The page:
Animal Welfare Evaluation of Wild Boar (Sus scrofa) Trapping
2018 Joint EAZWV/AAZV/Leibniz-IZW Conference
Åsa Fahlman1, DVM, VetMedLic, PhD; Johan Lindsjö2, DVM; Therese Arvén Norling2,3; Odd Höglund4, DVM, PhD; Petter Kjellander5, BSc, PhD; Erik O. Ågren6, DVM, DECVP, DECZM; Mats Stridsberg7, MD, PhD; Ulrika A. Bergvall5,8, PhD
1Swedish Biodiversity Center, Swedish University of Agricultural Sciences (SLU), Uppsala, Sweden; 2Department of Animal Environment and Health, Swedish University of Agricultural Sciences (SLU), Skara, Sweden; 3Department of Wildlife, Fish and Environmental Studies, Swedish University of Agricultural Sciences (SLU), Umeå, Sweden; 4Department of Clinical Sciences, Swedish University of Agricultural Sciences (SLU), Uppsala, Sweden; 5Grimsö Wildlife Research Station, Department of Ecology, Swedish University of Agricultural Sciences (SLU), Riddarhyttan, Sweden; 6Department of Pathology and Wildlife Diseases, National Veterinary Institute, Uppsala, Sweden; 7Department of Medical Sciences, Uppsala University, Uppsala, Sweden; 8Department of Zoology, Stockholm University, Stockholm, Sweden
Wildlife traps are used in many countries with limited or no in-depth evaluation of animal welfare. Trap-capture of wild animals should be humane and ensure animal welfare, whether the animals are captured for marking, research, or hunting. Live-trap capture of wild boars is a recently introduced but disputed hunting method in Sweden, where the legal trap constructions have been approved based on pathological examinations only. For improved animal welfare evaluation, our aim was to study live trapping of wild boar in an approved corral-style trap (JP Trap). Behavioral, physiological and pathological assessments were conducted through filming of 12 capture events of 38 wild boar, blood sample analysis of the chromogranin A-derived peptides vasostatin and catestatin, and pathological examination of wild boars euthanised after live trapping. Behavioural alterations indicative of capture-induced stress (e.g., charging into the trap walls) were documented in trapped wild boars with no or minor physical injuries (e.g., skin abrasions, subcutaneous hemorrhage). Thus, capture-related injuries alone did not reflect the stress induced by live-trapping in wild boar. Single captured individuals showed more escape behaviours and reacted stronger to external stimuli than individuals captured in a group. The median (range) for catestatin and vasostatin levels were 0.91 (0.54–2.86) and 0.65 (0.35–2.62) nmol/L, respectively. In conclusion, behavioral and physiological assessments should also be included when evaluating trap constructions, to determine the stress response in captured animals, since pathological evaluation insufficiently reflects the animal welfare aspects of live trapping of wild boar.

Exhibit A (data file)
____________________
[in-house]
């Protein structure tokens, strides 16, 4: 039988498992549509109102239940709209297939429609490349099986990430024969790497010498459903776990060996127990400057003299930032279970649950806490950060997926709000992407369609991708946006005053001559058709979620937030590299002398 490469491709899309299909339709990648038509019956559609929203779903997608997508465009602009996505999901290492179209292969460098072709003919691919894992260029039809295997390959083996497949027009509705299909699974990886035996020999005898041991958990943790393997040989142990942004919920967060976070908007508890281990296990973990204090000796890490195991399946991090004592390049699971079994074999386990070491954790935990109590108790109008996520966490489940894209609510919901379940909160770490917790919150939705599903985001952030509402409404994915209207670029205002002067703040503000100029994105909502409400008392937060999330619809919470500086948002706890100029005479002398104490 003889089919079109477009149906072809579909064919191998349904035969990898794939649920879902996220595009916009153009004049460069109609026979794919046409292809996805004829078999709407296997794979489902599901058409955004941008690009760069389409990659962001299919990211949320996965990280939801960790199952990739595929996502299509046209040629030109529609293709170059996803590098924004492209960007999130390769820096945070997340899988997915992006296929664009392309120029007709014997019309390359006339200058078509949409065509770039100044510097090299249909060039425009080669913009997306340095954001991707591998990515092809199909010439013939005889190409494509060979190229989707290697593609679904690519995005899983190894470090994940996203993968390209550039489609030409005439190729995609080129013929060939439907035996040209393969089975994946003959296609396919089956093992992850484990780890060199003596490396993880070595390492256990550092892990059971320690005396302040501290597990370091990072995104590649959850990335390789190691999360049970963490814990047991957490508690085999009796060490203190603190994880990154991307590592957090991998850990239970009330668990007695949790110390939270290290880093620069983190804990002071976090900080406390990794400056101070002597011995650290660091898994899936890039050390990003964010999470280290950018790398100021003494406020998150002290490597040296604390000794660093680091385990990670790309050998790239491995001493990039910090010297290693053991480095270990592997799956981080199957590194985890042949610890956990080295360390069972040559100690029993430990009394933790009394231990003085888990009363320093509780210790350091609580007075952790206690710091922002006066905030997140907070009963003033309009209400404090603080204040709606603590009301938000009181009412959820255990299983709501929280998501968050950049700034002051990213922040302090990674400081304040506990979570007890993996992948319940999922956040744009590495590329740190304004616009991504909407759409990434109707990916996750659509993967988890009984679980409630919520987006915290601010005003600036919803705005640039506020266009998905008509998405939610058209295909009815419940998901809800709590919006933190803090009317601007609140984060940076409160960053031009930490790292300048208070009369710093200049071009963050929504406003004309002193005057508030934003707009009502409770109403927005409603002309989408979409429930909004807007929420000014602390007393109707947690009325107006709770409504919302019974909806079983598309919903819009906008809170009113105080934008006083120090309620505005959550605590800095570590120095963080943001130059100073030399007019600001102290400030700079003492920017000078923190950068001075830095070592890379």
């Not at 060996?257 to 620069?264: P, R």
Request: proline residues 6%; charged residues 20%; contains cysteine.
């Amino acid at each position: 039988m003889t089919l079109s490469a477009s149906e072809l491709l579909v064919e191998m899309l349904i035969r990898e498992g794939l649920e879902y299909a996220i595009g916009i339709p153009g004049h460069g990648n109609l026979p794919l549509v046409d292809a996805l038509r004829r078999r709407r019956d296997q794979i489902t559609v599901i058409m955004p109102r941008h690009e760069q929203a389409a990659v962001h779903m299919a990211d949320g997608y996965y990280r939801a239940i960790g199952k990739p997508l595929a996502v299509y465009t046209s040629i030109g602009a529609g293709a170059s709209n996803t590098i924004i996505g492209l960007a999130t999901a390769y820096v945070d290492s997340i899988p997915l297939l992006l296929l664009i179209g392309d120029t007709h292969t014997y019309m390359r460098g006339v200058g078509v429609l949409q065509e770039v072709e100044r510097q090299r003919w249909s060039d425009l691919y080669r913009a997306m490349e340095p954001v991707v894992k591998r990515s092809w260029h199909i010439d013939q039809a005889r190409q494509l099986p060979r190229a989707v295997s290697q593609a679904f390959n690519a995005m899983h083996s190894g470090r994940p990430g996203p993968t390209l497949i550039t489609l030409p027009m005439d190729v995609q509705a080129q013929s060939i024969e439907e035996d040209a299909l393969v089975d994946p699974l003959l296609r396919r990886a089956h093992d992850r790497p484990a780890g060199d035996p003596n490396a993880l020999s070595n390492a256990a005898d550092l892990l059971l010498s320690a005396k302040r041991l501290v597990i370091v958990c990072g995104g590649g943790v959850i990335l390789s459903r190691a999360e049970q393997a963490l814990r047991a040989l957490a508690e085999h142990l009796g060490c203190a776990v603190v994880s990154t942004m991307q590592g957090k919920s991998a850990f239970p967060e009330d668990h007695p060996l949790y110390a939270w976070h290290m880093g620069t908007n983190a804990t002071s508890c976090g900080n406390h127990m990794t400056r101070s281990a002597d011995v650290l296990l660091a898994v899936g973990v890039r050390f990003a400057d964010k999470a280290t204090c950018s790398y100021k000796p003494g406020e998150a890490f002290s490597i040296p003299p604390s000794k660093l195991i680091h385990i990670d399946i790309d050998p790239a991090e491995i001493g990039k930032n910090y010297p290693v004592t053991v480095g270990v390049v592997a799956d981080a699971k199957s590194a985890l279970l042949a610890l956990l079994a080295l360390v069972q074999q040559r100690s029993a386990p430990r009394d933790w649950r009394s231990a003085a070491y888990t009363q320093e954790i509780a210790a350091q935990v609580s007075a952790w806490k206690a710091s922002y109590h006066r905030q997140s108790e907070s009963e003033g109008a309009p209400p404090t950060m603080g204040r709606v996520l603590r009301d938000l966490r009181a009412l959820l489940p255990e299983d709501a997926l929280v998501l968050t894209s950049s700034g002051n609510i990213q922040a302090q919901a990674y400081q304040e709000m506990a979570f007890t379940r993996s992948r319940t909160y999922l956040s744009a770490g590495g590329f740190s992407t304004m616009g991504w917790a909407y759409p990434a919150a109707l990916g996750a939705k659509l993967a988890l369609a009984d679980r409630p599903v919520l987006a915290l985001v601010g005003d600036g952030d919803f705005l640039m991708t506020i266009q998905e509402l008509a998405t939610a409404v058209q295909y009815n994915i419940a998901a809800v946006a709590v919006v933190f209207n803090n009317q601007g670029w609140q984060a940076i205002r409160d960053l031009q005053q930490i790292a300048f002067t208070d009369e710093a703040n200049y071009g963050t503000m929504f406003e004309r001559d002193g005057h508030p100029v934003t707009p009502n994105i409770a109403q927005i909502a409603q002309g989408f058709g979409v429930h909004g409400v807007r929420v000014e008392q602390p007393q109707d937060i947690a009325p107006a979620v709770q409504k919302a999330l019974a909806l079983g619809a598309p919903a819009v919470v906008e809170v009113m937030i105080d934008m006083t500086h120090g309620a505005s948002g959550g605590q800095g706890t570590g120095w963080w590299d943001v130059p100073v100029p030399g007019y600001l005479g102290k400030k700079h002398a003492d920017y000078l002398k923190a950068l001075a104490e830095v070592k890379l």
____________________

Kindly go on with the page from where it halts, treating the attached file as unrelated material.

The study was supported by the Swedish Environmental Protection Agency (SEPA) - Wildlife Management Fund (#13/279) and the Swedish Association for the Protection of Animals (Swedish: Svenska Djurskyddsföreningen). We thank Lillemor Wodmar and Bengt Röken for advice and support, Michael Gustavsson, Petter Foucard and Robert Tiblom for field support, and Sumer Lovlinger for conducting the CgA analyses. We also thank Henrik Uhlhorn, Jonas Malmsten and Gete Hestvik for conducting wild boar necropsies. Field testing of new live animal traps, including pathological assessment, was accomplished through a contract between SEPA and SLU (Contract no NV-04004-14).